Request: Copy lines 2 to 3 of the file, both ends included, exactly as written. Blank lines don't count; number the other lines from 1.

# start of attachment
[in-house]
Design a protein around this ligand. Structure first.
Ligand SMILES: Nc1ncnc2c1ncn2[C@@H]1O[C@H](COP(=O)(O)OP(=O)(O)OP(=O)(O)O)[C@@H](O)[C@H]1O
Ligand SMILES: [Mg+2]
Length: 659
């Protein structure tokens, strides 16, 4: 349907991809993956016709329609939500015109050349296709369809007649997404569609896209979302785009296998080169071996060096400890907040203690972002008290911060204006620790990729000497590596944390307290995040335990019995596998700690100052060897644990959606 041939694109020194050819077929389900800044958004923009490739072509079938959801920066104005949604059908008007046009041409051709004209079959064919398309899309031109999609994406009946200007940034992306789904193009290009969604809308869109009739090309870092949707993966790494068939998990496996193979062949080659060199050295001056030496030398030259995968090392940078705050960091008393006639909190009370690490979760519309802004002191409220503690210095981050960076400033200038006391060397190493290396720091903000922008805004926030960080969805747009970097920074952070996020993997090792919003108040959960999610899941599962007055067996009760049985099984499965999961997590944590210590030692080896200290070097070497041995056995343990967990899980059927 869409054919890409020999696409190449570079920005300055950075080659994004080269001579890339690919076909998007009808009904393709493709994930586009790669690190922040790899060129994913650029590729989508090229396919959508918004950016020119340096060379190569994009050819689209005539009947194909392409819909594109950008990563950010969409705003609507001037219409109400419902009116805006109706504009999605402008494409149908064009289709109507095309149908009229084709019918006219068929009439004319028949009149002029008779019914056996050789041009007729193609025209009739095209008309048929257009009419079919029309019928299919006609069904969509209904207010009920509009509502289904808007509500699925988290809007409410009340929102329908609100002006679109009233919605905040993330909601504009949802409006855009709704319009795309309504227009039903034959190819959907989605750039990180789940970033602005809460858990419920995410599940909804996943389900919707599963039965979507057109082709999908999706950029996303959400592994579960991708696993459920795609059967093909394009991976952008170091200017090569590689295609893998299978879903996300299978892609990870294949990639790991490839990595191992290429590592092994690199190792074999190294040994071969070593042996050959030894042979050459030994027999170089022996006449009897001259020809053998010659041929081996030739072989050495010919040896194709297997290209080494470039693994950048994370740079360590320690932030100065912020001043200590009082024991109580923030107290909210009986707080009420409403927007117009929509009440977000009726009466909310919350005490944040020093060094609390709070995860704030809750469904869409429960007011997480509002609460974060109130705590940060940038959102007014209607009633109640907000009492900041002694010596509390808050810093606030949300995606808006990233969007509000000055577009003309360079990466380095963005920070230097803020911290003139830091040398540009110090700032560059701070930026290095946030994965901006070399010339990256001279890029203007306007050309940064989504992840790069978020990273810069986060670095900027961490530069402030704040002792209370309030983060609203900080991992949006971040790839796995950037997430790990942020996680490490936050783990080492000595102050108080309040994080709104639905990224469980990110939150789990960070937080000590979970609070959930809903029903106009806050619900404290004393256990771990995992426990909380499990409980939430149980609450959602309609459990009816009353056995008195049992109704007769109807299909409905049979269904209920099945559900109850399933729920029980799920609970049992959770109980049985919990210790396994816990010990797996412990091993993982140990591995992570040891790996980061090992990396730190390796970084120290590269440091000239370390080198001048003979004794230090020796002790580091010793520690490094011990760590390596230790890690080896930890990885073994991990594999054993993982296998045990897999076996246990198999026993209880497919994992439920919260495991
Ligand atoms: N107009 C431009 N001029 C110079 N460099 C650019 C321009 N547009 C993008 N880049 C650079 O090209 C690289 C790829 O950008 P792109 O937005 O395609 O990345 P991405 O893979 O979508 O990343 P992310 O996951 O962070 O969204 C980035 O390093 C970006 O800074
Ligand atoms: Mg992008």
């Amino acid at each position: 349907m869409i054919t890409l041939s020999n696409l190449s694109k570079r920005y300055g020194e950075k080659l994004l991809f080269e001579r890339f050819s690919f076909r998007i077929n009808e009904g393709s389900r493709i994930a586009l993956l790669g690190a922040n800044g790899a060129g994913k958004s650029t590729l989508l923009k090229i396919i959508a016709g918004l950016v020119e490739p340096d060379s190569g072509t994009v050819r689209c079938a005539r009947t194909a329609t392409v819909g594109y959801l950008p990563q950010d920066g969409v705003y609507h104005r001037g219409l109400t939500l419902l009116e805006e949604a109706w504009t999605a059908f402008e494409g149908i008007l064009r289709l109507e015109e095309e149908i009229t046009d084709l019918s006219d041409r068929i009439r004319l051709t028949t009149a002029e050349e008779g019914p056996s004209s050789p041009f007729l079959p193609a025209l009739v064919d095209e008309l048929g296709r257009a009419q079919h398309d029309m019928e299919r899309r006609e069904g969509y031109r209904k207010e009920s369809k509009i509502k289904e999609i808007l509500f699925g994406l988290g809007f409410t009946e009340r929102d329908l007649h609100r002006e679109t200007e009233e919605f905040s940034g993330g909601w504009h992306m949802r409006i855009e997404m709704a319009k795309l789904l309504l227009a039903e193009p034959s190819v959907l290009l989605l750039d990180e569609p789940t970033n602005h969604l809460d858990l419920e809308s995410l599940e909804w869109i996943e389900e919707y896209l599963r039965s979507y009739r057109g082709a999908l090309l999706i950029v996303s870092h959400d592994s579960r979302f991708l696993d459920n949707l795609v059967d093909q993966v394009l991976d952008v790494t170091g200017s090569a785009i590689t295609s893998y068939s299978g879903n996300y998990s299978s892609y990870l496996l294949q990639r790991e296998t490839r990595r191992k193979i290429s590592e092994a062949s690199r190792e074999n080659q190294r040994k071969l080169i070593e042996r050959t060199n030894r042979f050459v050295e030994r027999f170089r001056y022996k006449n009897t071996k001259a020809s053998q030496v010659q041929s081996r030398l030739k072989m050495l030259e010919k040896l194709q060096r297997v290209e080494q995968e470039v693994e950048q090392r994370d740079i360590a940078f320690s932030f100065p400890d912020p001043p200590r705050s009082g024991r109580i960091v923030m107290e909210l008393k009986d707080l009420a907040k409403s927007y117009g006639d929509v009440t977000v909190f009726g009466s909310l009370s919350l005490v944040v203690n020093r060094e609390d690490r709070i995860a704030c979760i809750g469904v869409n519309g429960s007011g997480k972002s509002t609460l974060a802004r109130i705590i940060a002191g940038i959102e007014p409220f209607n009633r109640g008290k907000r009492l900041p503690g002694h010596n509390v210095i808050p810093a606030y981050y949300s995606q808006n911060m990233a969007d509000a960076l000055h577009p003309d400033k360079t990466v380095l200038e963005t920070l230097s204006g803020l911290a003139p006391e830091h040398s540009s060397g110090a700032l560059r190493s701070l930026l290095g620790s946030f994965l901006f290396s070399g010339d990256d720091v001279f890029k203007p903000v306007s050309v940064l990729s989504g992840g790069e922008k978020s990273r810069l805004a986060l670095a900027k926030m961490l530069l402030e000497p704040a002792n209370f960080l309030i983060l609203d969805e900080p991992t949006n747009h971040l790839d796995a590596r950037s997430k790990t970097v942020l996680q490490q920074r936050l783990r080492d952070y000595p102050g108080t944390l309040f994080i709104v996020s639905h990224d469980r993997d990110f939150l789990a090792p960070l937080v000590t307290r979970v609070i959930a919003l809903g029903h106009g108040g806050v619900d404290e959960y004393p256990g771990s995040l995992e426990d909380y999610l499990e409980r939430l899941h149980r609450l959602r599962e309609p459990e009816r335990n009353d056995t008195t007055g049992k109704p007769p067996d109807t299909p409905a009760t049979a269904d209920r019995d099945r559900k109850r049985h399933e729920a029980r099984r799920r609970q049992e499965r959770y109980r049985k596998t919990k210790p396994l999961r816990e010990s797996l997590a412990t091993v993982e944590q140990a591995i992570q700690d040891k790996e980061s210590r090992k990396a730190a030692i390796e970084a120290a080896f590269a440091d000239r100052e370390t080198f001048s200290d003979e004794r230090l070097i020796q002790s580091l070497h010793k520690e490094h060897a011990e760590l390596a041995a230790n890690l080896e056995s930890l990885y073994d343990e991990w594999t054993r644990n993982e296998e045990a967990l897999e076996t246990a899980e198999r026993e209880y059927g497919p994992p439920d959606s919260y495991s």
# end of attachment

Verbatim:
Design a protein around this ligand. Structure first.
Ligand SMILES: Nc1ncnc2c1ncn2[C@@H]1O[C@H](COP(=O)(O)OP(=O)(O)OP(=O)(O)O)[C@@H](O)[C@H]1O